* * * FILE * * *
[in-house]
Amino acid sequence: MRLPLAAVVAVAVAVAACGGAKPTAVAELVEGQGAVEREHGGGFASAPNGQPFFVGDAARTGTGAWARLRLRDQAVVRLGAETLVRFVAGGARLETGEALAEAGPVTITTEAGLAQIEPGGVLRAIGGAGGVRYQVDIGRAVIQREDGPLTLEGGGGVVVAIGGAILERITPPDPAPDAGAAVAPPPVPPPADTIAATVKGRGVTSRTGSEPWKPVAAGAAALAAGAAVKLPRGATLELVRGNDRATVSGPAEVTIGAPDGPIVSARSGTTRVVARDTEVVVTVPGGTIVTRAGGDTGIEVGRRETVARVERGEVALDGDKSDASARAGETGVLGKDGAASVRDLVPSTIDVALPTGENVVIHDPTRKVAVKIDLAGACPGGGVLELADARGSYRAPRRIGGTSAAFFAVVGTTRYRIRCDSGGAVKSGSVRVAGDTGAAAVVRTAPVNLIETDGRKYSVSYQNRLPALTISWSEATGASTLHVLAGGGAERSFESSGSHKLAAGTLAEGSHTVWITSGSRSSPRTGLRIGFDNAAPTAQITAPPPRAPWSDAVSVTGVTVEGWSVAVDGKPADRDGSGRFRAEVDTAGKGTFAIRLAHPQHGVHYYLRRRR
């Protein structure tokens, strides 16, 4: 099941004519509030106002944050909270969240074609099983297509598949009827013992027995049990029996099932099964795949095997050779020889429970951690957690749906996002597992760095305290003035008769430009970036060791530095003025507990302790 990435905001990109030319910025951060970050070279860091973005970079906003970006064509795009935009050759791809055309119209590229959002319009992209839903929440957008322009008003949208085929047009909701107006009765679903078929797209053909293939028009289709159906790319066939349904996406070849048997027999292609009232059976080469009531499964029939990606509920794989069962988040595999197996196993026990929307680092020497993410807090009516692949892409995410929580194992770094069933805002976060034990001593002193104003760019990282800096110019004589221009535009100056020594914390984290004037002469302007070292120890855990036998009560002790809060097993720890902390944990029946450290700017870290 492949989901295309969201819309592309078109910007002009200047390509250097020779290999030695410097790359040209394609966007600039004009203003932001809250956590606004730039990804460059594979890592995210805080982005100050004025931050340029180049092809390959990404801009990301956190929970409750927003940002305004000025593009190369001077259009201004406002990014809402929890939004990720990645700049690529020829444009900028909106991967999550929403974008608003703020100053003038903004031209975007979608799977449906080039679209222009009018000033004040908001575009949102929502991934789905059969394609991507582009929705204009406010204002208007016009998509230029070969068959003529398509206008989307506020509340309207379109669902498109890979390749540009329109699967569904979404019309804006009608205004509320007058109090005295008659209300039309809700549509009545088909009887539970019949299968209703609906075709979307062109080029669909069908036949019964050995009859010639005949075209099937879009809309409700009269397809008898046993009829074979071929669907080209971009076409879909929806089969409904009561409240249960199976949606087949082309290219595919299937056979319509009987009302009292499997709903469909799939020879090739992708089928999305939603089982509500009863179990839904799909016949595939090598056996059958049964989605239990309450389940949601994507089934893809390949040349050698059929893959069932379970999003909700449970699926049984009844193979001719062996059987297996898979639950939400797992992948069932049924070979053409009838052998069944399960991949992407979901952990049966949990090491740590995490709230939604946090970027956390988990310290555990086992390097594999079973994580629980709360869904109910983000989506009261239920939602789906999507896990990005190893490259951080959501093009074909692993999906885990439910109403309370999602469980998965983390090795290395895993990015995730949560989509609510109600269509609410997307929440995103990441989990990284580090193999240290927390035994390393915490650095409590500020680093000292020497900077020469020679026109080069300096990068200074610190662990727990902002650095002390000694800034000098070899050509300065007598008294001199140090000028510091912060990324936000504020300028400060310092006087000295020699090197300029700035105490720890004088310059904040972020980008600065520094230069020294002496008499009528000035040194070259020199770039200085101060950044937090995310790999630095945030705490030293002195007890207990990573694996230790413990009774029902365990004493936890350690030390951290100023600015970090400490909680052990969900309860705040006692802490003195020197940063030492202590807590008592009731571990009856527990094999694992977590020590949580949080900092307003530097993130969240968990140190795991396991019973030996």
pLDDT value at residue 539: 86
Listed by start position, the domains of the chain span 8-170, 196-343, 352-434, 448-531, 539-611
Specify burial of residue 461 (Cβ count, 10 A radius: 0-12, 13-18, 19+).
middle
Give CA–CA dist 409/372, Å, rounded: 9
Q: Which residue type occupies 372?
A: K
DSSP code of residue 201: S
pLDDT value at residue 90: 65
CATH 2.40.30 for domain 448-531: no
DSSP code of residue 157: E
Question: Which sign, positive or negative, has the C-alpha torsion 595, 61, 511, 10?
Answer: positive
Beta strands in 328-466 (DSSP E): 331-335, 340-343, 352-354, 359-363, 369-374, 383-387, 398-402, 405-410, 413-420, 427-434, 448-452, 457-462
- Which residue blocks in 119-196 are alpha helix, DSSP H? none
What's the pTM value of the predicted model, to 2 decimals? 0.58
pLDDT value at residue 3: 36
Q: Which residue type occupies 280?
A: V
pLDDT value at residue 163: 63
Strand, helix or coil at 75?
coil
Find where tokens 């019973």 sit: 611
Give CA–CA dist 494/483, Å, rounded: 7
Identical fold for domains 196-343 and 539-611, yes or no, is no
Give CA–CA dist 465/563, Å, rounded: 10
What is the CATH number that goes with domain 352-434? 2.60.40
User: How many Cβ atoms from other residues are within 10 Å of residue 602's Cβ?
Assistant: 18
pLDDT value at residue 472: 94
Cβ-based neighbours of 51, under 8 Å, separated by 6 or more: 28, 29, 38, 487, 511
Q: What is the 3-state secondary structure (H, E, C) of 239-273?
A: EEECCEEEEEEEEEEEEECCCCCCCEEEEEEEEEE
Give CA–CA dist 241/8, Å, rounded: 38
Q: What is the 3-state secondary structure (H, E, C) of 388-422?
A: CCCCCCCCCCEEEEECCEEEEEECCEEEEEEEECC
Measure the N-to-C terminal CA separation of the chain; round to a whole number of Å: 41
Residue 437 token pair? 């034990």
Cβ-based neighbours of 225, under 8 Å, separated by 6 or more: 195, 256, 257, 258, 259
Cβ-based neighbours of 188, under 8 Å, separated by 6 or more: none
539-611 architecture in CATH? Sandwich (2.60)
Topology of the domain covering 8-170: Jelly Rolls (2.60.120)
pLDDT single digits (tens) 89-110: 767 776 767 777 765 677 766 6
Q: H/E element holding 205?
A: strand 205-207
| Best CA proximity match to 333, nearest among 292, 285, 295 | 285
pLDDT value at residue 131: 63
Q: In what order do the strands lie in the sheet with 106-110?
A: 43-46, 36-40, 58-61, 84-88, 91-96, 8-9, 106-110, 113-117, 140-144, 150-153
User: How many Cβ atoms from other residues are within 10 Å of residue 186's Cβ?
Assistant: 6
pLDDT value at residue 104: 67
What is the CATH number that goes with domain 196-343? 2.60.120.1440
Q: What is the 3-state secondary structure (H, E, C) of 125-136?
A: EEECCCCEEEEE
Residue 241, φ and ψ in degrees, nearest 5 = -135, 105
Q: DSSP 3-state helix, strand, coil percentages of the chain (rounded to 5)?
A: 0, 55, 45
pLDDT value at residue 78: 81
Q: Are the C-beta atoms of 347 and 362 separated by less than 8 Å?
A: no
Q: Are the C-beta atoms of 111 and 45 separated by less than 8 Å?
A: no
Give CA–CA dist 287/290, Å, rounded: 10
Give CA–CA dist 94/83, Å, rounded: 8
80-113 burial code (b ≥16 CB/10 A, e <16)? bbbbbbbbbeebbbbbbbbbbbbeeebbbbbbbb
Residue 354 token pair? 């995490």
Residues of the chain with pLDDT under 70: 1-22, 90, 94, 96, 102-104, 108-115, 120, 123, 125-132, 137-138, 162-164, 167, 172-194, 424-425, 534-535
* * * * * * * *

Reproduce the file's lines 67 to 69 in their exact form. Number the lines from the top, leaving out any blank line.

Give CA–CA dist 287/290, Å, rounded: 10
Give CA–CA dist 94/83, Å, rounded: 8
80-113 burial code (b ≥16 CB/10 A, e <16)? bbbbbbbbbeebbbbbbbbbbbbeeebbbbbbbb